Crimes of hate and violence have continued to plague the forgotten and most vulnerable members of our society: homeless people. Since 1999, the National Coalition for the Homeless has been tracking the cataclysm of violent crimes that have been committed against homeless persons. The National Coalition for the Homeless has for the tenth year published this report that documents the unfortunate trend of violence towards the homeless.
People who are homeless are more vulnerable to attacks because they live outside in public spaces. Most of our communities do not have adequate, affordable housing or shelter space to meet the need, leaving many homeless people to live outside. In fact, according to the U.S. Department of Housing and Urban Development, 41.8% of our homeless population is unsheltered. Undoubtedly, this percentage is higher as current economic issues have brought about high unemployment (9.5%) and foreclosure rates (up 18% from January 2008). Without proper action to deal with the crisis of homelessness as a whole, our homeless neighbors will continue to be vulnerable to brutal attacks.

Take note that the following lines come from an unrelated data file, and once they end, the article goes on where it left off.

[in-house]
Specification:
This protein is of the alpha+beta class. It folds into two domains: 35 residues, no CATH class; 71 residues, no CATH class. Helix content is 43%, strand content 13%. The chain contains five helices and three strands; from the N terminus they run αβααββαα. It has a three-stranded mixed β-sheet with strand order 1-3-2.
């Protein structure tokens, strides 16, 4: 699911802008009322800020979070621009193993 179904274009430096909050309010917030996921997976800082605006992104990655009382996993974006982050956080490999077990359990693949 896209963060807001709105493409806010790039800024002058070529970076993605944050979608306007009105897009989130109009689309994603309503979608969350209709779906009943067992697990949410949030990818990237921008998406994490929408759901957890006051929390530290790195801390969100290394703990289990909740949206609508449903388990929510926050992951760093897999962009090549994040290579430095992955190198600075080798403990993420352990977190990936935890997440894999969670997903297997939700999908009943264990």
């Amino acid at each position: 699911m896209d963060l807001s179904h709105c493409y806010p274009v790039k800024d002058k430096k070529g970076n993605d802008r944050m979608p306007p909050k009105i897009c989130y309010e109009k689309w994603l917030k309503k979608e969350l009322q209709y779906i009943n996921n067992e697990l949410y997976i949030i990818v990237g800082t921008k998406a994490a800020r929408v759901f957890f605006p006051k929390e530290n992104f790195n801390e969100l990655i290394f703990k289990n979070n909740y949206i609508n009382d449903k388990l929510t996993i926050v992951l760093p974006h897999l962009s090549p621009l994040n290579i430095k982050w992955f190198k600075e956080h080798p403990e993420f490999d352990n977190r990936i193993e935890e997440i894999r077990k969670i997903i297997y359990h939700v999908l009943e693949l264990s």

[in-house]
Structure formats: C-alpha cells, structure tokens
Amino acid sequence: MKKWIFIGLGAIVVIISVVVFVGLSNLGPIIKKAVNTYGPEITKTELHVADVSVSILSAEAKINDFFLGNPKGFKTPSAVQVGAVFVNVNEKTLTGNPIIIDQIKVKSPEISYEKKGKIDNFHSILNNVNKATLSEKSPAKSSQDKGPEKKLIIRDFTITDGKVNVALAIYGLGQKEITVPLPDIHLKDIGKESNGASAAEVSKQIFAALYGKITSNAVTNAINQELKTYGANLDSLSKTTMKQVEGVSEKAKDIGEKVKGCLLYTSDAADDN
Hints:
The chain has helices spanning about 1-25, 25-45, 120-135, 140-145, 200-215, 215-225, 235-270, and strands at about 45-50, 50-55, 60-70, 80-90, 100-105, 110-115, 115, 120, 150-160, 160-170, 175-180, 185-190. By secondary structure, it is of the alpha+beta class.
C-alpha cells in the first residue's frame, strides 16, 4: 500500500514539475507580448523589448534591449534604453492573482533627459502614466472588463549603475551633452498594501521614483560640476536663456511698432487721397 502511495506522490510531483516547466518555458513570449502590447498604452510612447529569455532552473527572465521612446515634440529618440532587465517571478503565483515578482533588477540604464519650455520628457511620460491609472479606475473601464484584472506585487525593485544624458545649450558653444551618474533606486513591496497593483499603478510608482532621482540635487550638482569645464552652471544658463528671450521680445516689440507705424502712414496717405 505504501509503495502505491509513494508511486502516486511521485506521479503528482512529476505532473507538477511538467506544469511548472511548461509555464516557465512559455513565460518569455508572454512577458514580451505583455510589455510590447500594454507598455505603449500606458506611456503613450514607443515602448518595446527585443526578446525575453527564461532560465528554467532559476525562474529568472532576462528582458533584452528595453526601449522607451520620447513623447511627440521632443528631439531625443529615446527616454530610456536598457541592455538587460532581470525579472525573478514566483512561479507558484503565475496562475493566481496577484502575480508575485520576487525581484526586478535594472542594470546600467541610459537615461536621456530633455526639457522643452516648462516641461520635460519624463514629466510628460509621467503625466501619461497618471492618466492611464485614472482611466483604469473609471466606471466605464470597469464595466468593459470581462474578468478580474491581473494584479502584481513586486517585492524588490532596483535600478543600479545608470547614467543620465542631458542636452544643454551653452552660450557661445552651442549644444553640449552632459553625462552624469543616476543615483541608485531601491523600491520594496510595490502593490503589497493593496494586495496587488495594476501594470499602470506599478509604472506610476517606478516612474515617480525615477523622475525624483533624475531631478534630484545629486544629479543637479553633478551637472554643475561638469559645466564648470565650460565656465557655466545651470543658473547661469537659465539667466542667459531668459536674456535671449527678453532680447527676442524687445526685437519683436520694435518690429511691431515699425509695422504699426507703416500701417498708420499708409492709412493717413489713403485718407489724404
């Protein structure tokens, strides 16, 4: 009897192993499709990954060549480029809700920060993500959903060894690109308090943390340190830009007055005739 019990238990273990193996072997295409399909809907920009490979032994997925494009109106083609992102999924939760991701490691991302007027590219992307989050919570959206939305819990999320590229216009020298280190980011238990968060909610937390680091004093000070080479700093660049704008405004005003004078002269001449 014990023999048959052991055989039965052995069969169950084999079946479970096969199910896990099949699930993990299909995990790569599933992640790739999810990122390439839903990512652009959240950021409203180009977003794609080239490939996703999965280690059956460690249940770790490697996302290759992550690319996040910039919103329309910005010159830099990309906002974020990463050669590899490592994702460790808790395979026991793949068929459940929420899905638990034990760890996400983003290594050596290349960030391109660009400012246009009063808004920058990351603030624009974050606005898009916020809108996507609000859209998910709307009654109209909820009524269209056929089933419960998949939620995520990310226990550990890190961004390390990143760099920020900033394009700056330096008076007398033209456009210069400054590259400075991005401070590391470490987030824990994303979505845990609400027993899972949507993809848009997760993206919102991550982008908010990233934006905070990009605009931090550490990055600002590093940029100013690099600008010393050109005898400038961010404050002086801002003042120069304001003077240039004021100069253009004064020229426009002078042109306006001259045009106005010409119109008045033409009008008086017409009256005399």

Some cities and states have taken action to address the hate and violence faced by our homeless neighbors. This report highlights: positive steps being taken around the country to combat the growing trend of attacking the homeless, recommendations for advocates, policy makers, and members of the public to help end the violence faced by homeless persons.
While some cities and states have taken positive steps, there are still many parts of the United States that continue to dehumanize homeless persons by creating and enforcing laws that criminalize their homeless status. These laws contain restrictions on sitting, sleeping, storing property, or asking for money in public spaces. Laws that criminalize the homeless encourage the belief that homeless persons are not human, are unworthy of respect, and attacks against the homeless will go unnoticed.